It’s important to note here that not just some jobs are divinely inspired and dignified. Biblically, all forms of good labor extend God’s work, whether it’s composing and directing a symphony or collecting trash and transporting it outside the city. Before we elevate any one type of work above another, we can remember that when Christ entered the world physically, he took the ordinary work of his family: carpentry. All work, then, has dignity and purpose.
Why Work Works Against Us
But, of course, it’s not all that glorious and easy. It didn’t take long for man to sin in the garden—to reject God’s plan for their lives and work against their created design. As a result, God banished man and woman from the Garden and enacted a curse. To Adam, he said, “Cursed is the ground because of you; through painful toil you will eat of it all the days of your life. It will produce thorns and thistle for you, and you will eat the plants of the field” (Genesis 3:17-18).
In a moment, our work began to unravel, as creation itself now works against us. In our broken, cursed world, farmers must cultivate their fields against the forces of weeds, pests, and inclement weather. Mothers must experience pain in childbirth, and parenting becomes an immensely challenging vocation. Our labor feels frustrating and meaningless, our workplace relationships are marked by conflict and strife, and our societies collapse into injustice and immorality.
The Restoration of Work
Yet there is hope. Since the problem of work is rooted in human sin, the first place we must begin is within our own hearts. Work is difficult, but because of our oneness with Adam and his sin, we are as much to blame as anyone or anything else. Through Jesus Christ, God has begun a new work of redeeming all creation to himself. Through Christ, God is putting an end to suffering and death, restoring peace, love, and justice in the world.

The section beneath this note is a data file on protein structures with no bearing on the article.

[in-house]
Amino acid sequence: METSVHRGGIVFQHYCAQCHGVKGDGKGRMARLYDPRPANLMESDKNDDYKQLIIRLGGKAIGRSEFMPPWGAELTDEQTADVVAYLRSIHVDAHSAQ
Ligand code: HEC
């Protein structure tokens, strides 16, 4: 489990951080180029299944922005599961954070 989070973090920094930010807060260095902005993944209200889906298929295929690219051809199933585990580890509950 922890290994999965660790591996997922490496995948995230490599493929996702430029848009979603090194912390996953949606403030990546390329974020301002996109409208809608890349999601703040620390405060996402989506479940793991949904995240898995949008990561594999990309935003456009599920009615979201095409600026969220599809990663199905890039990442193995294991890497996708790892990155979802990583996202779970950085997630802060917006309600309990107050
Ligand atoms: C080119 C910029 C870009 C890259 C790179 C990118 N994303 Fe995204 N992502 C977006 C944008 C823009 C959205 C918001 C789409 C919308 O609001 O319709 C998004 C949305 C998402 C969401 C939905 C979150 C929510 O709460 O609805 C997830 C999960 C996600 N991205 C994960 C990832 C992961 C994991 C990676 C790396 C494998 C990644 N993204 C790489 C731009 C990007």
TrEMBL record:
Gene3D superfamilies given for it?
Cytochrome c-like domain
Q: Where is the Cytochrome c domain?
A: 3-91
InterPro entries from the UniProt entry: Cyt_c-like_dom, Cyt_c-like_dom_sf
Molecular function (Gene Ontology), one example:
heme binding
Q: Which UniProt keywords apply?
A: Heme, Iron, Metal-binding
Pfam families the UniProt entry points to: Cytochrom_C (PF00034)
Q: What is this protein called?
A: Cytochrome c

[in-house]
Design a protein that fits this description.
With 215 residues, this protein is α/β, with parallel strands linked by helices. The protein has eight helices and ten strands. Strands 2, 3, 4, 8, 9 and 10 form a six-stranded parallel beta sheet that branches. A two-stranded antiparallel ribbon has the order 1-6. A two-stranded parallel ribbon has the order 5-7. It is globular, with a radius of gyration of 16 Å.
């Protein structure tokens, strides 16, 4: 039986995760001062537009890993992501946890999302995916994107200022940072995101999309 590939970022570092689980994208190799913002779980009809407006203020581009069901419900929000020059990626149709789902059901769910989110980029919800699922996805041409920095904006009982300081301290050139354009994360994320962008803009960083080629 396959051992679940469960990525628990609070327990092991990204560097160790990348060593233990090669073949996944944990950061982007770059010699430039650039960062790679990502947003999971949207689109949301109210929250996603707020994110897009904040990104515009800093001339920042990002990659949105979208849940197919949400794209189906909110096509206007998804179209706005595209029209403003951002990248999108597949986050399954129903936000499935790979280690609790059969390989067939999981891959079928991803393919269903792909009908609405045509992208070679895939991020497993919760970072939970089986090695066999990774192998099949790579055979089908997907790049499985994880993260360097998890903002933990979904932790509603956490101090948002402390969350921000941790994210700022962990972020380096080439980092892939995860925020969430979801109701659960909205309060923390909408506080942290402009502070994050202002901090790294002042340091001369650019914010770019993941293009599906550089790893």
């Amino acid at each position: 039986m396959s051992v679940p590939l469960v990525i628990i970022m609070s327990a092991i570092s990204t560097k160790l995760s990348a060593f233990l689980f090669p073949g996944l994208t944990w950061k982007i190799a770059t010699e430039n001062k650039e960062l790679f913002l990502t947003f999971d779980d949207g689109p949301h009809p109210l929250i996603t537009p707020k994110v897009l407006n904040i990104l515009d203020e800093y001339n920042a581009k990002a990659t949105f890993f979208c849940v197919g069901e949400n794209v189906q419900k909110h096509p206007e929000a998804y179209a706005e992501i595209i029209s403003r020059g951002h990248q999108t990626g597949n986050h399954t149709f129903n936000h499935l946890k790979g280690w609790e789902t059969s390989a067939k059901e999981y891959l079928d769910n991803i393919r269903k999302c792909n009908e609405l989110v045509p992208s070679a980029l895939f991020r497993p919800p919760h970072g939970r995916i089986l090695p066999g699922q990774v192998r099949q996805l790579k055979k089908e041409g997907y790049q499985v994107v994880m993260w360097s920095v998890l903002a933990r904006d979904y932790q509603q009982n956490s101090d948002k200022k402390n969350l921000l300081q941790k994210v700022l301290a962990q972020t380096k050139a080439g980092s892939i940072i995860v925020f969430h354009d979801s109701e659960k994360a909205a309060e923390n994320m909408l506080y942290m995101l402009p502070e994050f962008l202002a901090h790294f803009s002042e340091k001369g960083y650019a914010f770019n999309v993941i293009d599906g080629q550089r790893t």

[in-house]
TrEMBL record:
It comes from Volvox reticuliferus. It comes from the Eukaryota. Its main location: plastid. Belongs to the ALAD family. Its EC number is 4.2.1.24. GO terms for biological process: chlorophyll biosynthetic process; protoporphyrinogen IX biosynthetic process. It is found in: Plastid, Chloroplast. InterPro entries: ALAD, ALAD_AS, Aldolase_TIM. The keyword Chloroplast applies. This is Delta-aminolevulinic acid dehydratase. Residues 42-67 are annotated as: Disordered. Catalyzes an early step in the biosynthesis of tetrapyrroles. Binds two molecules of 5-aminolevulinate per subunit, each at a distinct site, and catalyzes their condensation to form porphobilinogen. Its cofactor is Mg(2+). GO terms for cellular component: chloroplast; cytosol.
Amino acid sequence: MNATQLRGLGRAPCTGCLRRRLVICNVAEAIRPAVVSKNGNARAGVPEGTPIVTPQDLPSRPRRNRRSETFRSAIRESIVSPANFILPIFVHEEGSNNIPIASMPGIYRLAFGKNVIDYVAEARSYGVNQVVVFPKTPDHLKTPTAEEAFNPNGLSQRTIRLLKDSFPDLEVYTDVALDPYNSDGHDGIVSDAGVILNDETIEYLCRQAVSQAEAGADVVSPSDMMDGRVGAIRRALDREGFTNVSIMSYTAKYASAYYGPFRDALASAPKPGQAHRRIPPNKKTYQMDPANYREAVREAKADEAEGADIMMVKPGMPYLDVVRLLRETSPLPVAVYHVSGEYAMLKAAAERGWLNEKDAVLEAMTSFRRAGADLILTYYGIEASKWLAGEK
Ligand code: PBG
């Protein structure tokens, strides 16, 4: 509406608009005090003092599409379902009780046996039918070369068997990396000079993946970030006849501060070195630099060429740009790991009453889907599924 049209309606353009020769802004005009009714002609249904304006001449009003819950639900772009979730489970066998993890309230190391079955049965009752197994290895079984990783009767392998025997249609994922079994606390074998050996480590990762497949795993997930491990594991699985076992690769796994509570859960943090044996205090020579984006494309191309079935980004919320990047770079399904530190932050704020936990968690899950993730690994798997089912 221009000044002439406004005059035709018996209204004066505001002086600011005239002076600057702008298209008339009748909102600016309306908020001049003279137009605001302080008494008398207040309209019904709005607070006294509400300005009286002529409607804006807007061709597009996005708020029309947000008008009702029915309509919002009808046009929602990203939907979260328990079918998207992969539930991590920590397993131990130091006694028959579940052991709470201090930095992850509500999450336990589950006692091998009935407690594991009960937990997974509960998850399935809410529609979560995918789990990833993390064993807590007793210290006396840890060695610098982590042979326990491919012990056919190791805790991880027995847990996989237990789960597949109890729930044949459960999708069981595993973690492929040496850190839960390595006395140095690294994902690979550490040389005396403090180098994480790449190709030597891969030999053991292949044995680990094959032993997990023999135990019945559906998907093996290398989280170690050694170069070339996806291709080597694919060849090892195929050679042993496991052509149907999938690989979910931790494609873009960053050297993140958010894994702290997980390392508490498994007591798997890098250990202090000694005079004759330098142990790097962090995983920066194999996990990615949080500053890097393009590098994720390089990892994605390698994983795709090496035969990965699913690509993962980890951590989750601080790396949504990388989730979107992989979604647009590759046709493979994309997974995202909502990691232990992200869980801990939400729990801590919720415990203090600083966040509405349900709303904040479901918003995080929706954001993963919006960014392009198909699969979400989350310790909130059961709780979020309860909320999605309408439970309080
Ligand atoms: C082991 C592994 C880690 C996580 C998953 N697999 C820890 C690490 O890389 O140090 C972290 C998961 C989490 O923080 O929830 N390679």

For those of us now joined to Christ through faith, we begin to understand and enjoy our work in a new way. Sure, work is demanding and often works against us, and it can become a place of selfishness and greed. But we shouldn’t turn from work or simply try to endure it until Christ returns. Instead, we can recapture God’s bigger vision for our education, our vocation, and our Nine-to-Five.
With this fresh vision, we can work under a higher calling. We can find meaning and pleasure in our work. We can labor in a way that promotes justice and enables reconciliation. We can listen for the still, soft voice of God calling out to us to live for him, to work for his glory, and to join him in the mission of his Kingdom. As Abraham Kuyper put it, “There’s not a square inch in all creation over which Jesus cannot say, ‘Mine!’”
The City Will Rejoice
As for the great story of mankind, what began in a rough, uncultivated Garden ends in a glorious New City. Yet then even in the picture of eternity (Revelation 20-22), it seems God will continue to work through our labor—as we serve one another in the new society.
The curse on work will be a distant memory, and all our labors will be fruitful, meaningful, and glorious. Work will not be destroyed; like all good things, it will be liberated and fulfilled to its grand purpose.
The work of righteous will flourish, and the City will rejoice.
[Author’s Note: This article is an excerpt from a forthcoming small group resource entitled “Vocation: Hearing God’s Voice for Our Work.”]